In conclusion, we identified the GBV-B RdRp as a new member of and the second polymerase within the tail-anchored protein family. Moreover, analyses of an HCV/GBV-B chimera allowed the identification of a conserved structural motif within the HCV RdRp TMD that is essential for the assembly of a functional replication complex. This motif appears to be shared among HCV, GBV-B, and PV3A but not Cb5, a prototype tail-anchored protein. Further exploring the function and interactions of this motif may yield new insights into the functional architecture of the HCV replication complex and may identify novel targets for therapeutic intervention.
FIG. 1.
FIG. 1. The C-terminal 23 amino acids of GBV-B NS5B mediate membrane association. (A) Sequence analyses of the GBV-B NS5B C terminus. Amino acids are numbered with respect to the NS5B protein and negatively from its C terminus. The following methods to predict TMDs were combined: HMMTOP (http://www.enzim.hu/hmmtop/ ), Tmpred (http://www.ch.embnet.org/software/TMPRED_form.html ), TMHMM (http://www.cbs.dtu.dk/services/TMHMM ), TopPred (http://mobyle.pasteur.fr/cgi-bin/MobylePortal/portal.py?form_toppred ), and SOSUI (http://bp.nuap.nagoya-u.ac.jp/sosui/ ). T, predicted transmembrane amino acid; #, consensus minimum transmembrane segment, considering all prediction methods. (B) Subcellular localization of GFP fusion constructs. Plasmids pCMVGFP, pCMVGFP-GBV-B-NS5B, pCMVGFP-GBV-B-NS5BC31, and pCMVGFP-GBV-B-NS5BΔC23 were transfected into U2-OS cells, followed by fixation and confocal laser scanning microscopy. (C) Membrane flotation analyses. Hypotonic lysates of U-2 OS cells transfected with the constructs above were analyzed by equilibrium centrifugation through 5 to 37.5% (wt/vol) Nycodenz gradients. Fractions were collected from the top and analyzed by immunoblotting using monoclonal antibody JL-8 against GFP (Clontech, Palo Alto, CA). Under these conditions, membranes and associated proteins float to the upper, low-density fractions while soluble and aggregated material remains in the lower, high-density fractions.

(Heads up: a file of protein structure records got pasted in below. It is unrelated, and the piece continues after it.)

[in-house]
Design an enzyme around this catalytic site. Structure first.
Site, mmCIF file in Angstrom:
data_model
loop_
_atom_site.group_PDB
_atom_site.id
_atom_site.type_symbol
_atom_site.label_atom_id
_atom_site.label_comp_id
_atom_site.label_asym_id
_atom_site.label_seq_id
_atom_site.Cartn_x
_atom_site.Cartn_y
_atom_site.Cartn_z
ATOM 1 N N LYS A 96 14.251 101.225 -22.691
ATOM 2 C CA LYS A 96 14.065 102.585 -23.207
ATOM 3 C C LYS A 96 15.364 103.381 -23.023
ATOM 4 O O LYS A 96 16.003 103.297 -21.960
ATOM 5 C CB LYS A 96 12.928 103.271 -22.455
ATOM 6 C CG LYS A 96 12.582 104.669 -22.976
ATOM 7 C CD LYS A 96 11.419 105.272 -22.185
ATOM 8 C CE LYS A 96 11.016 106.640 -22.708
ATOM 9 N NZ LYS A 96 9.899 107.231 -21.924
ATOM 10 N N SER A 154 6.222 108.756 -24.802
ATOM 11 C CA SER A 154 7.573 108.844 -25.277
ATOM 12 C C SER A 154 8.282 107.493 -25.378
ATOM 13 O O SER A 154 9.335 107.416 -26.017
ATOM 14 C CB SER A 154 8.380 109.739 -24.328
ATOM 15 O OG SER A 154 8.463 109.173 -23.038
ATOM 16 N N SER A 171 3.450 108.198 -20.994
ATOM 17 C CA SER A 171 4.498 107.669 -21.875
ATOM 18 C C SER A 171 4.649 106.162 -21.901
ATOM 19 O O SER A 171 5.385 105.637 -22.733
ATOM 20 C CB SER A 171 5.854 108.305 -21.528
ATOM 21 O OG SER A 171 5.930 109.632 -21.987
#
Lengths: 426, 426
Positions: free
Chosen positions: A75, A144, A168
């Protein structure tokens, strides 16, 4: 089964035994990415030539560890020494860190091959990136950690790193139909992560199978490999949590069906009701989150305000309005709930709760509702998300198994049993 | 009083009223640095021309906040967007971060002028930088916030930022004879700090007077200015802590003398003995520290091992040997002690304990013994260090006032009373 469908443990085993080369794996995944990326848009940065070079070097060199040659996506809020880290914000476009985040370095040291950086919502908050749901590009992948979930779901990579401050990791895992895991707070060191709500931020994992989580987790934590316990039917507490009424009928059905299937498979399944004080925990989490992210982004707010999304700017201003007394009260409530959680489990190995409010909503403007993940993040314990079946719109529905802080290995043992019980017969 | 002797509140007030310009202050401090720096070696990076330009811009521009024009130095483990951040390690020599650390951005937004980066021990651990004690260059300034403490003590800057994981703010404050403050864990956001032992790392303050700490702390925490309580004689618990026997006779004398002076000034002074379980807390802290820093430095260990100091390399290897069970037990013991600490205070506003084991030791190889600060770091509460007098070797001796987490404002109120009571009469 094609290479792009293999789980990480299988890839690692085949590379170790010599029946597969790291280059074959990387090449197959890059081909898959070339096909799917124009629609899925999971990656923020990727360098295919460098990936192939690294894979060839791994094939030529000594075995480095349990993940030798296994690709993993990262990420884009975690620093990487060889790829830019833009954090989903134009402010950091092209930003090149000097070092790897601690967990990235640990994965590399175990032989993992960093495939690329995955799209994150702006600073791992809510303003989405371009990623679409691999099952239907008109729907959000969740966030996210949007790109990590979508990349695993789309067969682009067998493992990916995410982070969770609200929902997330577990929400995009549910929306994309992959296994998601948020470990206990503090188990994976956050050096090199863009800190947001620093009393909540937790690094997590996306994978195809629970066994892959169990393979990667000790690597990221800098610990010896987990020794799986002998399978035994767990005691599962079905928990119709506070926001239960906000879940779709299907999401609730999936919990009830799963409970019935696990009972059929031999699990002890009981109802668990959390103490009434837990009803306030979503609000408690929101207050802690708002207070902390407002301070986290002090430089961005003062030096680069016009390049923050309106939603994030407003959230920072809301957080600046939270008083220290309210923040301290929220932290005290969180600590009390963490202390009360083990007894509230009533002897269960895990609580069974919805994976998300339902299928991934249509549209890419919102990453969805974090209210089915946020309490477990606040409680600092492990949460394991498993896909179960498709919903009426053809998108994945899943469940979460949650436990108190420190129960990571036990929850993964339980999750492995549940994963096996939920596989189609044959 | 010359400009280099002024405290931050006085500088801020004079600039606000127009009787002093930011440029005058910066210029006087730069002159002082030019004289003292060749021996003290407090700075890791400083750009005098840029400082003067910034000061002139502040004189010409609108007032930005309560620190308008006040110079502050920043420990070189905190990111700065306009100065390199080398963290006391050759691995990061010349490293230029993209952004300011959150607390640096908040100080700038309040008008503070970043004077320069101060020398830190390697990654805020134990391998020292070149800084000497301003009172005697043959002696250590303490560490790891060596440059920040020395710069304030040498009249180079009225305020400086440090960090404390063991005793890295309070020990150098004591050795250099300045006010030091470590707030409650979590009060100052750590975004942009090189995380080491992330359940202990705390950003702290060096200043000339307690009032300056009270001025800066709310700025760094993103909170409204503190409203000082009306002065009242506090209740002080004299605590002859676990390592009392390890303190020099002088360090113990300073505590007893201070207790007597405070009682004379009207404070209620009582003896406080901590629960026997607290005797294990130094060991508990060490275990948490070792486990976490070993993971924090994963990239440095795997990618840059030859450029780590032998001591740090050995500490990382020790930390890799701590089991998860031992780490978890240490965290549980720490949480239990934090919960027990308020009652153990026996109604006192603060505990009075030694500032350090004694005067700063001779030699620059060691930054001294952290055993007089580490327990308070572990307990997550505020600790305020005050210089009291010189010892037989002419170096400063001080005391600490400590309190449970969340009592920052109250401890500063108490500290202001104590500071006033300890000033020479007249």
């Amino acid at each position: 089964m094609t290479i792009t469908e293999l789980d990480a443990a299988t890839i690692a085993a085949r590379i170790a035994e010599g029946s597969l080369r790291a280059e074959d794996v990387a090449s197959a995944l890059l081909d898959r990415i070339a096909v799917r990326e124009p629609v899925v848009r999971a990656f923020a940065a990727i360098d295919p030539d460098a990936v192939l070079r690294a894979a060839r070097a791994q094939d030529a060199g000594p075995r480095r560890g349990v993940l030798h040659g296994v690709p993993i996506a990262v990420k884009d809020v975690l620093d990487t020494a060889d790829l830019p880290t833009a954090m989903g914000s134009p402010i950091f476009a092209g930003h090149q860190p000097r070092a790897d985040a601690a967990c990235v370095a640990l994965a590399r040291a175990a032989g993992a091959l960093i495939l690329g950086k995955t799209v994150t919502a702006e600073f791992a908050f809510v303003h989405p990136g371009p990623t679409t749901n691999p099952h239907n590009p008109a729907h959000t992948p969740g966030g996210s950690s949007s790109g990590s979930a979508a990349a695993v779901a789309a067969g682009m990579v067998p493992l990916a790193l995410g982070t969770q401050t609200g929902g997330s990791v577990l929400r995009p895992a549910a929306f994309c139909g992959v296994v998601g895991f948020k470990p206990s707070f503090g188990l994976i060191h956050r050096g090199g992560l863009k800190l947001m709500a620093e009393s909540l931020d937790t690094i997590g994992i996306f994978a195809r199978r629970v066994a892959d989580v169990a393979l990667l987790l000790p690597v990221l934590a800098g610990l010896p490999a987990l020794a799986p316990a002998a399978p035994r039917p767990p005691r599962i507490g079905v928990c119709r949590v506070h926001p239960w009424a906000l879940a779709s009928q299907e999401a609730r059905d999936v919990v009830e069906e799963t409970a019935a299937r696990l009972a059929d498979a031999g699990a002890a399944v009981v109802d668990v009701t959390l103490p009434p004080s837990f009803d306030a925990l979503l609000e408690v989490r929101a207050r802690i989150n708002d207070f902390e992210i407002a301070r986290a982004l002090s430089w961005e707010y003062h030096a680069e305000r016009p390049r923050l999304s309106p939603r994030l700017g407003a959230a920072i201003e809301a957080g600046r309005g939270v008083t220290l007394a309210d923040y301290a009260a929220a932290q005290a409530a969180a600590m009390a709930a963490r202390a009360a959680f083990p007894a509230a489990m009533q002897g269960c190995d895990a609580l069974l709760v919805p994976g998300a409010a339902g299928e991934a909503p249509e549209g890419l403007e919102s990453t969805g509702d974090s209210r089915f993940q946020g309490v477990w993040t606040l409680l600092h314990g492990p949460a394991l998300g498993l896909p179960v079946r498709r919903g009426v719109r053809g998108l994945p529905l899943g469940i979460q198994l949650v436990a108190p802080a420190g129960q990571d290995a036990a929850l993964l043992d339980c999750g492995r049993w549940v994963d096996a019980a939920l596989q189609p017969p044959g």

FIG. 2.